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Originally posted by EsSeeEye
I was in the submarine force, and used my own security clearance as an excuse to lead people into believing the US had underwater bases...
1. Secrecy. Nearly everything of significance undertaken by America's military and intelligence community in the past half-century has occurred in secrecy. The undertaking to build an atomic weapon, better known as the Manhattan Project, remains the great model for all subsequent activities. For four years not a single member of Congress even knew about it, although its final cost exceeded the then-incredible total of $2 billion. During and after the Second World War, other important projects, such as the development of biological weapons, the importation of Nazi scientists, terminal mind control experiments, nationwide interception of mail and cable transmissions of an unwitting populace, infiltration of the media and universities, secret coups, secret wars, and assassinations all took place far removed not only from the American public, but most members of Congress and a few Presidents. Indeed, several of the most powerful intelligence agencies were themselves established in secrecy, unknown by the public or Congress for many years..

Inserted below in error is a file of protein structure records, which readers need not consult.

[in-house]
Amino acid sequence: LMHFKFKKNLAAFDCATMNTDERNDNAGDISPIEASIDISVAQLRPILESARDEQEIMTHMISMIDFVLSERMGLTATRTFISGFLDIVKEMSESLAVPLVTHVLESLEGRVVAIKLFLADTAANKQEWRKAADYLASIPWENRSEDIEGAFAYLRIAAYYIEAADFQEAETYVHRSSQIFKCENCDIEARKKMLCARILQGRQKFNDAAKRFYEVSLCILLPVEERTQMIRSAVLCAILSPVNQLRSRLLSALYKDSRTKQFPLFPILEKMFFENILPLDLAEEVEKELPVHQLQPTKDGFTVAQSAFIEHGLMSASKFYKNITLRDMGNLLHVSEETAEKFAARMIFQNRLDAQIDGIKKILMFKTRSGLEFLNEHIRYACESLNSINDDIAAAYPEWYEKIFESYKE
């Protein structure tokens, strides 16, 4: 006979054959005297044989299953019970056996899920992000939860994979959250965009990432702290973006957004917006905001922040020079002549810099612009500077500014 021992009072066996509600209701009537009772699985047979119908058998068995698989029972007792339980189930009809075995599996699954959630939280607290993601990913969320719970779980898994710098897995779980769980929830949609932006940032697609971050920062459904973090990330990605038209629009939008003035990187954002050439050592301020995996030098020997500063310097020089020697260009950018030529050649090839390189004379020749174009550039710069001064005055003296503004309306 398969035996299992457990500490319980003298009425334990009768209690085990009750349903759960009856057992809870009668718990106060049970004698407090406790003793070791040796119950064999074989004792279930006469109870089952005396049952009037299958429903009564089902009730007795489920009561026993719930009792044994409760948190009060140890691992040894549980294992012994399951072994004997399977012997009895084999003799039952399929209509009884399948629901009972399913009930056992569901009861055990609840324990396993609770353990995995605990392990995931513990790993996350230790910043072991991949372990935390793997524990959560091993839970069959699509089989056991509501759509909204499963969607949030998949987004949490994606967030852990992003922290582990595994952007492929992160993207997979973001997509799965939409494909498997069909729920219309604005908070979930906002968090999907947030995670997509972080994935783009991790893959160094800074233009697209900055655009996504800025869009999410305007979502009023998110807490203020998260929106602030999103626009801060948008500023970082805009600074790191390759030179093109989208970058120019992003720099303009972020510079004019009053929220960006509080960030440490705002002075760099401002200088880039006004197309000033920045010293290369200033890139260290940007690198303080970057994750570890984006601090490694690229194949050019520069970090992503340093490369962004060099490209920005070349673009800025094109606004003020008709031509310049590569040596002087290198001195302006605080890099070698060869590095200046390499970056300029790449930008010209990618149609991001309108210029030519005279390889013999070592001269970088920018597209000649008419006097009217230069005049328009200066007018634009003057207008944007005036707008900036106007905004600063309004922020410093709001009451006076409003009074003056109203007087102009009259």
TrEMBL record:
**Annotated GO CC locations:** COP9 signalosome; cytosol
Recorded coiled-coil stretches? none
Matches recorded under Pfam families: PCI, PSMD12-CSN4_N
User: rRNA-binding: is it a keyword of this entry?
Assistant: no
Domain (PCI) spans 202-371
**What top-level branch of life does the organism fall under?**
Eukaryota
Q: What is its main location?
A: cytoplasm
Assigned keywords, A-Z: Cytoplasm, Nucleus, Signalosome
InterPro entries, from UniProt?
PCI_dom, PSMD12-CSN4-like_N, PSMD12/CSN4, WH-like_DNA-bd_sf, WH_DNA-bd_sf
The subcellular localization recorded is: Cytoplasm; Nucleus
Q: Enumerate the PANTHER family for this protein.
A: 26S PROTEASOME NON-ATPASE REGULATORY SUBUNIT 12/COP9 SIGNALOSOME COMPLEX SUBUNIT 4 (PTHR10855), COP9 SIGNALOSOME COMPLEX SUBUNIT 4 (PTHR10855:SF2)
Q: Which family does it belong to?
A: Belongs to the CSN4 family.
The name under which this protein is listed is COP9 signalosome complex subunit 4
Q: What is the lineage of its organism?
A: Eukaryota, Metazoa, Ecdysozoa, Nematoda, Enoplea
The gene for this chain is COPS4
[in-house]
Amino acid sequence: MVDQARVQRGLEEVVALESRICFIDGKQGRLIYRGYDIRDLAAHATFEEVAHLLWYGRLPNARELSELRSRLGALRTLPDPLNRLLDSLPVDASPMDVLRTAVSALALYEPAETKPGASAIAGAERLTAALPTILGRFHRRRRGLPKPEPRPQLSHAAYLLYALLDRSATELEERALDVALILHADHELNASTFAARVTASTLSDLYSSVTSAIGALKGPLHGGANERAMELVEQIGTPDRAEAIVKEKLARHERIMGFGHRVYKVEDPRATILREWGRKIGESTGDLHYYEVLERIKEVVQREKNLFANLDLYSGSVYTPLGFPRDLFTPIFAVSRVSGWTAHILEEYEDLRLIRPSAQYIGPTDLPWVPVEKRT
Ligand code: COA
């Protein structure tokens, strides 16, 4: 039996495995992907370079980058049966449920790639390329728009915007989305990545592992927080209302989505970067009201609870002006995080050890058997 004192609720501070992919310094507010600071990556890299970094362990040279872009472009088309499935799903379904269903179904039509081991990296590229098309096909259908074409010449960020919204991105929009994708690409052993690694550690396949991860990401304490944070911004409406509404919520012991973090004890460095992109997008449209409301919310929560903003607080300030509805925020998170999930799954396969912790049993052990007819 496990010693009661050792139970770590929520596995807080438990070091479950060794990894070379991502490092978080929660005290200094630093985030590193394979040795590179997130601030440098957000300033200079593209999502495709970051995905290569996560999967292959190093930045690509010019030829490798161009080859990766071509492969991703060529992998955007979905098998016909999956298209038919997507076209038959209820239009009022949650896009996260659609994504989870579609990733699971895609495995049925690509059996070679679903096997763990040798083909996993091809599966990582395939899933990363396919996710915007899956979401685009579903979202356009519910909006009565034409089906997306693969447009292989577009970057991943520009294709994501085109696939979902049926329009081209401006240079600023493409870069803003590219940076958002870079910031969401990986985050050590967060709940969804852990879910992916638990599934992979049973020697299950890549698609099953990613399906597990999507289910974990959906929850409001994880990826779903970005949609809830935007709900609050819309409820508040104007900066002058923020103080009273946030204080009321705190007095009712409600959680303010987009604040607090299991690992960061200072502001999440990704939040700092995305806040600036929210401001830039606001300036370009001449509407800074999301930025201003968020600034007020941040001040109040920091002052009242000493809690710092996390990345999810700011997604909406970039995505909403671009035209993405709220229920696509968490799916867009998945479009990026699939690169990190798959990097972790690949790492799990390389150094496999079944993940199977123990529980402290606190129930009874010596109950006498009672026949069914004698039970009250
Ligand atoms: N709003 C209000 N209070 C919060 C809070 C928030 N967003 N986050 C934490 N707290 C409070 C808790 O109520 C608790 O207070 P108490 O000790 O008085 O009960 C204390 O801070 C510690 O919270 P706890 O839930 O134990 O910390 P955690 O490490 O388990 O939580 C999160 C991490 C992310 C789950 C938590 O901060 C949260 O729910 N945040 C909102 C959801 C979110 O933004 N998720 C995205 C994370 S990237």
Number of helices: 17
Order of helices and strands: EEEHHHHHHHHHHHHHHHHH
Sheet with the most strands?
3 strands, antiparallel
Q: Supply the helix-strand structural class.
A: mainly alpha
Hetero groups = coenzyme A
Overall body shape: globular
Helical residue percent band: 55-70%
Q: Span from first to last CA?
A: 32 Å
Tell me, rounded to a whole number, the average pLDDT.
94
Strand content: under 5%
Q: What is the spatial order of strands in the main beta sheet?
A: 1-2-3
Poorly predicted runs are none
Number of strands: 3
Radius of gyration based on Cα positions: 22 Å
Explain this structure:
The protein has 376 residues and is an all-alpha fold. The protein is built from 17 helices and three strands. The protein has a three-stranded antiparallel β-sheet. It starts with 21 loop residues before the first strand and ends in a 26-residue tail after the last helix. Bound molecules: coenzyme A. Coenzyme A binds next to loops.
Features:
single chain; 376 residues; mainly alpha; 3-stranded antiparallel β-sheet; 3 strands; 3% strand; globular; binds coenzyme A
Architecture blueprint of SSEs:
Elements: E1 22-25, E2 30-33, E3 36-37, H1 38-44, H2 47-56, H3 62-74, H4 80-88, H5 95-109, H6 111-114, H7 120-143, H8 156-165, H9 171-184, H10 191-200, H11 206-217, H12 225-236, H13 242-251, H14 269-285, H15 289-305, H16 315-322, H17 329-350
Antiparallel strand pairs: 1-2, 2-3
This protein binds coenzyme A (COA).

3. Independence. In theory, civilian oversight exists over the U.S. national security establishment. The President is the military Commander-in-Chief. Congress has official oversight over the CIA. The FBI must answer to the Justice Department. In practice, little of this fond theory applied during the period under review. One reason has to do with the secrecy: the compartmentalization of information within military and intelligence circles. "Top Secret" clearance does not clear one for all Top Secret information. Sensitive information is available on a need to know basis. Two CIA officers in adjoining rooms at the Langley Headquarters can be involved in completely different top secret activities, each completely ignorant of the other's doings. Such compartmentalization not only increases secrecy, but independence from the wrong (e.g. official) kinds of oversight.